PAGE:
“There’s a mythological and elemental potency in metal, and I’m interested in the same things even if I come from a different aesthetic world,” she said. “At the center of things, I think there’s the same pleasure being found in massiveness. This record in particular has a lot of massiveness and epicness in it.

“I chose the horns because you feel like ‘Lord of the Rings’ when you hear euphonium, like, ‘Hark! Here comes the army marching over the hill.’ And when you hear bass saxophone — especially as played by Colin Stetson (Arcade Fire, Bon Iver) — what you’re hearing is basically the earth cracking open when Krakatoa is exploding.”

Inspired at least in part by her literary obsession, Feist opted to hold the recording sessions for “Metals” in Big Sur, Calif., a picturesque coastal region championed by authors like Henry Miller, Jack Kerouac and John Steinbeck, whom the singer referred to as the album’s “godfather.”

“I was joking with my band, like, ‘Hey, Steinbeck already recorded like 17 albums up here. We’re just adding to his legacy,’” she said, and laughed. “(His books) make you feel like you’ve not only been to Big Sur, but you’ve lived some meaningful, deep life there amidst all these salty characters.”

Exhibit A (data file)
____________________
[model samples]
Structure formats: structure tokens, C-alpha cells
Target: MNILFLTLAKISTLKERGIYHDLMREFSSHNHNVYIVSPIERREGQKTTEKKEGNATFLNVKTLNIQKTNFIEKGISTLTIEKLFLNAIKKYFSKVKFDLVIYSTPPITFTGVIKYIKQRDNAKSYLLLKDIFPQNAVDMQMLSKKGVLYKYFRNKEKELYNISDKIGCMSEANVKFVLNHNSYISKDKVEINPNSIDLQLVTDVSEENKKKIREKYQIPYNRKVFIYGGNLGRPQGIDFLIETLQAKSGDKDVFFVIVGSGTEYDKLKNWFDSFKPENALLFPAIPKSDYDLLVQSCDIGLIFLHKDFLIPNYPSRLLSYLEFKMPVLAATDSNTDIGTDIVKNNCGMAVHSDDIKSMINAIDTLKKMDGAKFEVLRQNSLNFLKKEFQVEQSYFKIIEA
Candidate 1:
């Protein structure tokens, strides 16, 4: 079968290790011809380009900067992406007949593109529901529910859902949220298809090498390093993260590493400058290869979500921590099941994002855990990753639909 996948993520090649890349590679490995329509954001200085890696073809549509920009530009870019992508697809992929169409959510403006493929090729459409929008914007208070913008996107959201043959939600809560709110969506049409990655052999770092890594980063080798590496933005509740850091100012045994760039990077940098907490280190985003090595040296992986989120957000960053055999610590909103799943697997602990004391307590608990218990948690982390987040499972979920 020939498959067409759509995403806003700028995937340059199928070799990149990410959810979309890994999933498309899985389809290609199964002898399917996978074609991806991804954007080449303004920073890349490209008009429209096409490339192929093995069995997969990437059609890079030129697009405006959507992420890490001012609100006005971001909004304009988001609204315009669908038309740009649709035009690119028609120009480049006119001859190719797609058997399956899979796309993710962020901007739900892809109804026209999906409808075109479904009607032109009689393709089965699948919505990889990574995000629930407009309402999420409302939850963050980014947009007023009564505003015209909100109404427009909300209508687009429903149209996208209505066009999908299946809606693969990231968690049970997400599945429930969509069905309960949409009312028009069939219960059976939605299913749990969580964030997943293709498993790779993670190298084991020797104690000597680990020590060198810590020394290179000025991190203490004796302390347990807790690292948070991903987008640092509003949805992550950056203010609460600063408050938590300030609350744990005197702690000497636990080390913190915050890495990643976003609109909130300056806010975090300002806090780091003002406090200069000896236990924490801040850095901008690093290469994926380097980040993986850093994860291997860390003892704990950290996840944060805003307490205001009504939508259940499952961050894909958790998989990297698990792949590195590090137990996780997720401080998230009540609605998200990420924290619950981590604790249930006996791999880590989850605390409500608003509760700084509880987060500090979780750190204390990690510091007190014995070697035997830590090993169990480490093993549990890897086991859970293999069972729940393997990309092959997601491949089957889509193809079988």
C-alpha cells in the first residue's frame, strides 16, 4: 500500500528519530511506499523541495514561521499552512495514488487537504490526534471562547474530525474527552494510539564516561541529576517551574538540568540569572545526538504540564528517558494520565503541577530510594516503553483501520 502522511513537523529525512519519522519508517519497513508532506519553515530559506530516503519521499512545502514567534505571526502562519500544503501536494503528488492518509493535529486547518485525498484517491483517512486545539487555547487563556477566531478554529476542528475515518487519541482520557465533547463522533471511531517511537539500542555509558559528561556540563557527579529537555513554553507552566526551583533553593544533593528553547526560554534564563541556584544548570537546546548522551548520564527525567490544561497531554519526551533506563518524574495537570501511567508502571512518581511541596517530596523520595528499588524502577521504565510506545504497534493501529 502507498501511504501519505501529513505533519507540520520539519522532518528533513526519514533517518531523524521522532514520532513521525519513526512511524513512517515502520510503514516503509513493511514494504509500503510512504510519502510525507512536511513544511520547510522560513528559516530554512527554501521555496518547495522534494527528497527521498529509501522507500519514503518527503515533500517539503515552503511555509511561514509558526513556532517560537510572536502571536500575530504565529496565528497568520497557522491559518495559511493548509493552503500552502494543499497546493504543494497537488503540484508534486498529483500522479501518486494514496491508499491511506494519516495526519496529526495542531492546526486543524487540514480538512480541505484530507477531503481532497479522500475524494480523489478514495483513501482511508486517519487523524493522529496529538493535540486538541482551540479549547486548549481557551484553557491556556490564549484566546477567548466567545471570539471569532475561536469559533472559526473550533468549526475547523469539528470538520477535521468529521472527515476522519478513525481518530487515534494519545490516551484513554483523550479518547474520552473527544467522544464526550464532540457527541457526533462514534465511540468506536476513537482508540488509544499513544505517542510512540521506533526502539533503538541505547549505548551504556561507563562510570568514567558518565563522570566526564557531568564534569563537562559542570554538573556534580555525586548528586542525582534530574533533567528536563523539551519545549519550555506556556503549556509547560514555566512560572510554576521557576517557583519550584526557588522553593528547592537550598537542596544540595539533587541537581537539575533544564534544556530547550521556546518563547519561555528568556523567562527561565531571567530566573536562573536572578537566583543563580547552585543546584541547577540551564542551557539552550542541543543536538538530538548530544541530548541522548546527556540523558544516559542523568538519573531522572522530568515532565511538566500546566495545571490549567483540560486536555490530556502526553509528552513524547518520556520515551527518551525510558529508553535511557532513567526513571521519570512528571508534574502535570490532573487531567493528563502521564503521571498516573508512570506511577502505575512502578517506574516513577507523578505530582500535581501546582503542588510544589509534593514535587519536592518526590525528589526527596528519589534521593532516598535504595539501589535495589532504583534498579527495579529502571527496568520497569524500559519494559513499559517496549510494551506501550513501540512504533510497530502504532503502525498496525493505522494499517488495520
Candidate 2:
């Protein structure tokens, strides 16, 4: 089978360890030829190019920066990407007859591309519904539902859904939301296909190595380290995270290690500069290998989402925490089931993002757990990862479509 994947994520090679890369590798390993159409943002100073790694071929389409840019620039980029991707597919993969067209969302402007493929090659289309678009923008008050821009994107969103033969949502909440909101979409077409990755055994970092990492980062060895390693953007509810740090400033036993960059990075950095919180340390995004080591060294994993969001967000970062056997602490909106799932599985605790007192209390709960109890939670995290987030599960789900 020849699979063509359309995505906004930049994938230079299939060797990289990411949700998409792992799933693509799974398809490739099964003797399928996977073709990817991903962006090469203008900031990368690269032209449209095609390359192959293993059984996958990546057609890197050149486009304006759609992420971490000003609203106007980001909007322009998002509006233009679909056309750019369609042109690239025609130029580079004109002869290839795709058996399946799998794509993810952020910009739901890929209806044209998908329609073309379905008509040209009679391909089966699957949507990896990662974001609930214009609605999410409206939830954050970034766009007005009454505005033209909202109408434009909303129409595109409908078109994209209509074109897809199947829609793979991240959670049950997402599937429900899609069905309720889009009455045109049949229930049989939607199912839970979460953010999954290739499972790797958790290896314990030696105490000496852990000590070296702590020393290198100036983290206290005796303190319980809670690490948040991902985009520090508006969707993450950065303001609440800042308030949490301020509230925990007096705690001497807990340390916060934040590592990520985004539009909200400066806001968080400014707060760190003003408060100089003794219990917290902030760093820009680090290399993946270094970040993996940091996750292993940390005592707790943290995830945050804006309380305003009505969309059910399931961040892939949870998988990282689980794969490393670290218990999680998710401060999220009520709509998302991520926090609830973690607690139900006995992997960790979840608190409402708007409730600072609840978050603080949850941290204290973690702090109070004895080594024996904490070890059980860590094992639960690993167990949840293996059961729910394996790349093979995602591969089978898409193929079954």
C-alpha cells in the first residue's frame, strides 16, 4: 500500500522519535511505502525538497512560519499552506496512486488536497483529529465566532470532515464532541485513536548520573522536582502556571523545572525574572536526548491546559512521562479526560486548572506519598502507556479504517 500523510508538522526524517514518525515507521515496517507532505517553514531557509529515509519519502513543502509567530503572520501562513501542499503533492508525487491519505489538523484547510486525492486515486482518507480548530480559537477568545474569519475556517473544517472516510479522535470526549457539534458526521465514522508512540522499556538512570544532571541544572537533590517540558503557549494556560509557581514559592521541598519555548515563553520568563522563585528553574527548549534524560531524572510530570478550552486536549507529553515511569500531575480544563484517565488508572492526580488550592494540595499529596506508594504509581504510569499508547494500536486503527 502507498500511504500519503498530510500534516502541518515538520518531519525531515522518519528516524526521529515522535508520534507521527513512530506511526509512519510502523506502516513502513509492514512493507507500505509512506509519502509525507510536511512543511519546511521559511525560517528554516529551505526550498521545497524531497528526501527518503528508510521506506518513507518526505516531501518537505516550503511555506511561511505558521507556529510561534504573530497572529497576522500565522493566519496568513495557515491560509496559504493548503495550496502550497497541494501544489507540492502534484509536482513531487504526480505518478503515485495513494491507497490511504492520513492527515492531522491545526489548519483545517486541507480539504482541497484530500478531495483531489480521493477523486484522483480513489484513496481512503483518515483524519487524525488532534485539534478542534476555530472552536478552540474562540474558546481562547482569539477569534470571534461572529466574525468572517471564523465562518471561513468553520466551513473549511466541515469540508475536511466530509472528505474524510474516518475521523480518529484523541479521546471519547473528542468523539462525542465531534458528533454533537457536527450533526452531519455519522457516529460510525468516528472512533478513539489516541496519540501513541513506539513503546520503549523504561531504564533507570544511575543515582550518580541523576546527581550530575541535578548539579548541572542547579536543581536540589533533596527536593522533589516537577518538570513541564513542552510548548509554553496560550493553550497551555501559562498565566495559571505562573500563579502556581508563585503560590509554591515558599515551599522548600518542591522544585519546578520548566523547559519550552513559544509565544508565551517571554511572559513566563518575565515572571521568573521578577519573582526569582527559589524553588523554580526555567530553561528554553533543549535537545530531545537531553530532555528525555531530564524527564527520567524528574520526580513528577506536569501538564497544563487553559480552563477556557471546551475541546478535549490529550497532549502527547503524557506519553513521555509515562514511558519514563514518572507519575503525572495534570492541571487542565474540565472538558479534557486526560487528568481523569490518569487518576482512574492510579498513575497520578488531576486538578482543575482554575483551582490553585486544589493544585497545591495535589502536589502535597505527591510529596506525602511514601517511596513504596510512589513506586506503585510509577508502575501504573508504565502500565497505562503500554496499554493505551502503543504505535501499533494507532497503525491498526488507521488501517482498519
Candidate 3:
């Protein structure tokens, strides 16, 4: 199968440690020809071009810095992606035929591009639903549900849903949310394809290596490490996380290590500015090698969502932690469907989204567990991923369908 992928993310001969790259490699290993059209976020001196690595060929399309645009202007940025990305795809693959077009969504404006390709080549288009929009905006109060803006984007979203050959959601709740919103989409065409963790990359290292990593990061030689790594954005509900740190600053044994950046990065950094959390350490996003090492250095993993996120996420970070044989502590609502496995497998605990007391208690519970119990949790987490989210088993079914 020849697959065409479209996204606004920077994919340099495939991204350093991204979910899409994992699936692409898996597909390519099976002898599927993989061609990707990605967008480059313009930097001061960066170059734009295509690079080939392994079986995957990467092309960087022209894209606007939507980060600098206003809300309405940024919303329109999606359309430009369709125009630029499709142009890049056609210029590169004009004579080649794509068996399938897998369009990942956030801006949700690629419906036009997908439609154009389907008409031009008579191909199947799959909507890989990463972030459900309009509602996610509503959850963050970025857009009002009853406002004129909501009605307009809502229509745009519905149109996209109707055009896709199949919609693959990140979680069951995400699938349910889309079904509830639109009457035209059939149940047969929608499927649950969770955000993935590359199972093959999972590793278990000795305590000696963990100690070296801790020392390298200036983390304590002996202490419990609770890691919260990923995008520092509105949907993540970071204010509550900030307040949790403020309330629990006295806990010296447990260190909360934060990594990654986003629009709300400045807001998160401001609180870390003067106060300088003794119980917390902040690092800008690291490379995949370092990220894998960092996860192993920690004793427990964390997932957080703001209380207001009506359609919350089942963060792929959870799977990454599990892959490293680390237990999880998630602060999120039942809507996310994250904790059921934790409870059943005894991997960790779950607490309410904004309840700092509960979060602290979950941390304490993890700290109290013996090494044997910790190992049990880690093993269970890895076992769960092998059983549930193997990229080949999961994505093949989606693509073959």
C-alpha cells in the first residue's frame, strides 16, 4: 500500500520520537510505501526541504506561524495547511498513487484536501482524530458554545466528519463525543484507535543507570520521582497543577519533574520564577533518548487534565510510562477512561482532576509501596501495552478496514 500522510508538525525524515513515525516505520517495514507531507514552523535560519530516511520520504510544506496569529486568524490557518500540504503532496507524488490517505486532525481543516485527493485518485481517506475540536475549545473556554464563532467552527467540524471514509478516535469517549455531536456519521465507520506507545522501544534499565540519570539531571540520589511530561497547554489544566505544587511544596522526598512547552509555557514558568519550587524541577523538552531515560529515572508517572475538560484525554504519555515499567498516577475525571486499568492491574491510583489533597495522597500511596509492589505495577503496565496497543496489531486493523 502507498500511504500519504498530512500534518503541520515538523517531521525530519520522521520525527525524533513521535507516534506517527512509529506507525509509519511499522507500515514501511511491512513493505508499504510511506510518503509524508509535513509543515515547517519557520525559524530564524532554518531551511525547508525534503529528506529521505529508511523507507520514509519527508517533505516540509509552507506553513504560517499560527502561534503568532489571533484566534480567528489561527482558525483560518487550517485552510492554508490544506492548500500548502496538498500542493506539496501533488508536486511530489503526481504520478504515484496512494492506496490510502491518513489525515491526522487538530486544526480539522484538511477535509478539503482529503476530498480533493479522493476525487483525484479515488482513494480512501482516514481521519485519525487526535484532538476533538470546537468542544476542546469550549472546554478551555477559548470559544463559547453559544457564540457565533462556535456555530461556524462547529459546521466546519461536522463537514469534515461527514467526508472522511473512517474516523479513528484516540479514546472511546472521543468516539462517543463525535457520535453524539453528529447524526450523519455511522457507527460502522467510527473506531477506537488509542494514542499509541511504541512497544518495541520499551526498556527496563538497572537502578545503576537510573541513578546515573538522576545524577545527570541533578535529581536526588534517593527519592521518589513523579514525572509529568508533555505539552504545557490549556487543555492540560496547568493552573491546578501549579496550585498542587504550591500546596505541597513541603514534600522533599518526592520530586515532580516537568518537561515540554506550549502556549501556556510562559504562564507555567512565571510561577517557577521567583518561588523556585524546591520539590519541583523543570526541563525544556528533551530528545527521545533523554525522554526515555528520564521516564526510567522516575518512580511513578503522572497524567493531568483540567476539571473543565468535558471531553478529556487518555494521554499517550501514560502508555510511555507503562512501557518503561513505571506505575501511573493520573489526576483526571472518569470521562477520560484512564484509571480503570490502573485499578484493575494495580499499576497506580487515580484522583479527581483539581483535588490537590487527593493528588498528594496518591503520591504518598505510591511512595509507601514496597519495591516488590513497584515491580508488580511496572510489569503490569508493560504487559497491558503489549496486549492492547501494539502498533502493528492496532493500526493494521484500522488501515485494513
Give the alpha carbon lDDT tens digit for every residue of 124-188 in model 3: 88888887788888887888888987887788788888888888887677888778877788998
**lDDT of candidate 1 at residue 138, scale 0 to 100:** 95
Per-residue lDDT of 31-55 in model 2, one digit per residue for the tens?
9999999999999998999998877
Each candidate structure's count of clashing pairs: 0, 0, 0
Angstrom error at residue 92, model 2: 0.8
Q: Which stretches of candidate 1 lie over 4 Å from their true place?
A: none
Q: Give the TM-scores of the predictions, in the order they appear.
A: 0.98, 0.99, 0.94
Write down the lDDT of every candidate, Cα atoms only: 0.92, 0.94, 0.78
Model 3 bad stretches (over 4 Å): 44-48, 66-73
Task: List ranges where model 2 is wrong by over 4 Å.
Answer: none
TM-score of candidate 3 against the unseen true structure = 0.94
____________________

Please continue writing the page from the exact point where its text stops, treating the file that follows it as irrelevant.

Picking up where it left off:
From her Toronto home more than 2,700 miles away, Feist could comfortably hold on to this idealized picture of the region. Prior to the February 2011 recording sessions, which took place on a sprawling coastal ranch, the singer believed California to be eternally sunny, with, in her own words, “oranges trickling down from every tree.” In that regard, northern California’s sometimes-harsh weather proved to be a bit of a wake-up call.